It may be just a coolness factor for kids, but one classroom in Canada is getting a big boost in reading thanks to canine teaching assistants.

University of Alberta researcher Lori Friesen's says one Alberta classroom showed positive success when small children signed up for weekly reading or writing sessions with her and one of her dogs. During that time, they would read children's literature or work on the student's writing.

Friesen said the small group work seemed to ease some children's trepidation when it came to reading aloud. Using picture cues or clues to provide context in the story, Friesen helped students learn new words or overcome challenges with other words—lessons, she says, the students grasped and applied to try and help the dogs understand new words as well. 

"This is a goal-oriented activity; we're not doing therapy with children," said Friesen. "Animal-assisted literacy learning is about how children experience literacy learning in a safe, supportive, effective, meaningful and exciting learning environment."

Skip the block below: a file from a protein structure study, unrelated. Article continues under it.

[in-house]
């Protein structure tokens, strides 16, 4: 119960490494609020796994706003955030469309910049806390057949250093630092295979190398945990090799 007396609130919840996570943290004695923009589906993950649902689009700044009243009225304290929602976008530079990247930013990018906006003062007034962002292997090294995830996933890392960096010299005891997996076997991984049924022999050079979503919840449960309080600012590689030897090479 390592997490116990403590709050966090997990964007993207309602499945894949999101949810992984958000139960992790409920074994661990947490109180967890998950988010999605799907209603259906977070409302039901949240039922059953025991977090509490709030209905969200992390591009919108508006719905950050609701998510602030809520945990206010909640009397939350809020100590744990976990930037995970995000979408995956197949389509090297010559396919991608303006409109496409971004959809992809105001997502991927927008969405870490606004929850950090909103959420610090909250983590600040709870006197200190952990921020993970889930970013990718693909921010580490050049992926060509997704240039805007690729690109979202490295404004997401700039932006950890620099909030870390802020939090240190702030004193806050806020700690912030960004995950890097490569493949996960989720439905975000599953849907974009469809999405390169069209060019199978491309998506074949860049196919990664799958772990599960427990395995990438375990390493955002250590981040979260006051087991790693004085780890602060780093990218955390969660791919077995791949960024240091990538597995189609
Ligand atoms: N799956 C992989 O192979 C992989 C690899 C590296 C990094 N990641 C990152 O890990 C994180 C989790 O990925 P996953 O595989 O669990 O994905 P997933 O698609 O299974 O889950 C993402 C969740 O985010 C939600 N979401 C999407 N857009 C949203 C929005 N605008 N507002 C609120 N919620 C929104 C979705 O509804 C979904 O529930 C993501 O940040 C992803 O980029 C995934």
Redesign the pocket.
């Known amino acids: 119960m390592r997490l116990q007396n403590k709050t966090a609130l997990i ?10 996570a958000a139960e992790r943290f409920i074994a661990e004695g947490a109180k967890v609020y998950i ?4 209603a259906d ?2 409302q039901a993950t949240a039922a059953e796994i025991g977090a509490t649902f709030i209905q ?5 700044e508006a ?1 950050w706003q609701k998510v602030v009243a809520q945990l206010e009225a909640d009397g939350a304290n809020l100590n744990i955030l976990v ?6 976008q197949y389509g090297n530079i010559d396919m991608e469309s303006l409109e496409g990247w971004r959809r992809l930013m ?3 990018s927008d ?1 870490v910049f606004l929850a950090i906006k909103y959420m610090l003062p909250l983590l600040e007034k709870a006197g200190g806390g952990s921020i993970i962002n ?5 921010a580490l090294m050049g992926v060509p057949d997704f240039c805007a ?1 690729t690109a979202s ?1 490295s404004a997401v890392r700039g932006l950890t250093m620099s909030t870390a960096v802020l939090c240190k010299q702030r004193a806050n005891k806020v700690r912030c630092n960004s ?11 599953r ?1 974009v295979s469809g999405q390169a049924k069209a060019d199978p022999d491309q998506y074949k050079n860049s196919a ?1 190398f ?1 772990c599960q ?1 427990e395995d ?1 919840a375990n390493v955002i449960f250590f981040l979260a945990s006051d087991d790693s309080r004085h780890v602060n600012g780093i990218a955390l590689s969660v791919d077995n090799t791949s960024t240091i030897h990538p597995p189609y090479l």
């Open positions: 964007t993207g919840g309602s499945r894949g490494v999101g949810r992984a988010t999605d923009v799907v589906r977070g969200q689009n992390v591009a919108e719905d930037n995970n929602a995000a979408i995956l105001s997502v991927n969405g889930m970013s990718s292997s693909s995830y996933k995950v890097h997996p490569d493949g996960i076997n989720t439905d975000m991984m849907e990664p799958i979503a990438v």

Friesen notes that Grade 2 is a crucial time period for students developing the potential to become lifelong readers, or to turn away from reading. However, the dogs seemed to be an important catalyst in the children's motivation to display and engage in a committed habit of reading.

"One-third of the class began reading to or writing with their own dogs at home, and were choosing to read when otherwise they wouldn't," she explained. "Their parents reported that these children hadn't used to talk about school at home, but now when they got to the dinner table, the parents heard all about Tango's favourite books—it was the first time they actually knew what their children were reading at school."

Friesen said the impact this work had on the children was remarkable. She also noted that the reaction from parents was positive in terms of how motivated children were to read with the dogs. In fact, one child's parents noted that he refused to go on a family vacation because it meant he was going to miss a turn. Many of the parents also noted that if their child was lacking motivation to go to school, if they were reminded that Tango and Sparky were going to be there, they'd be at the door in no time at all.

"The classroom teacher, as well as many of the parents, noticed positive changes in the children's reading behaviours and an increase in their confidence," she said. "The children were constantly learning and engaging with text in new ways. This is what literacy should be about for children."

Friesen said her work will be in a future issue of Language  & Literacy.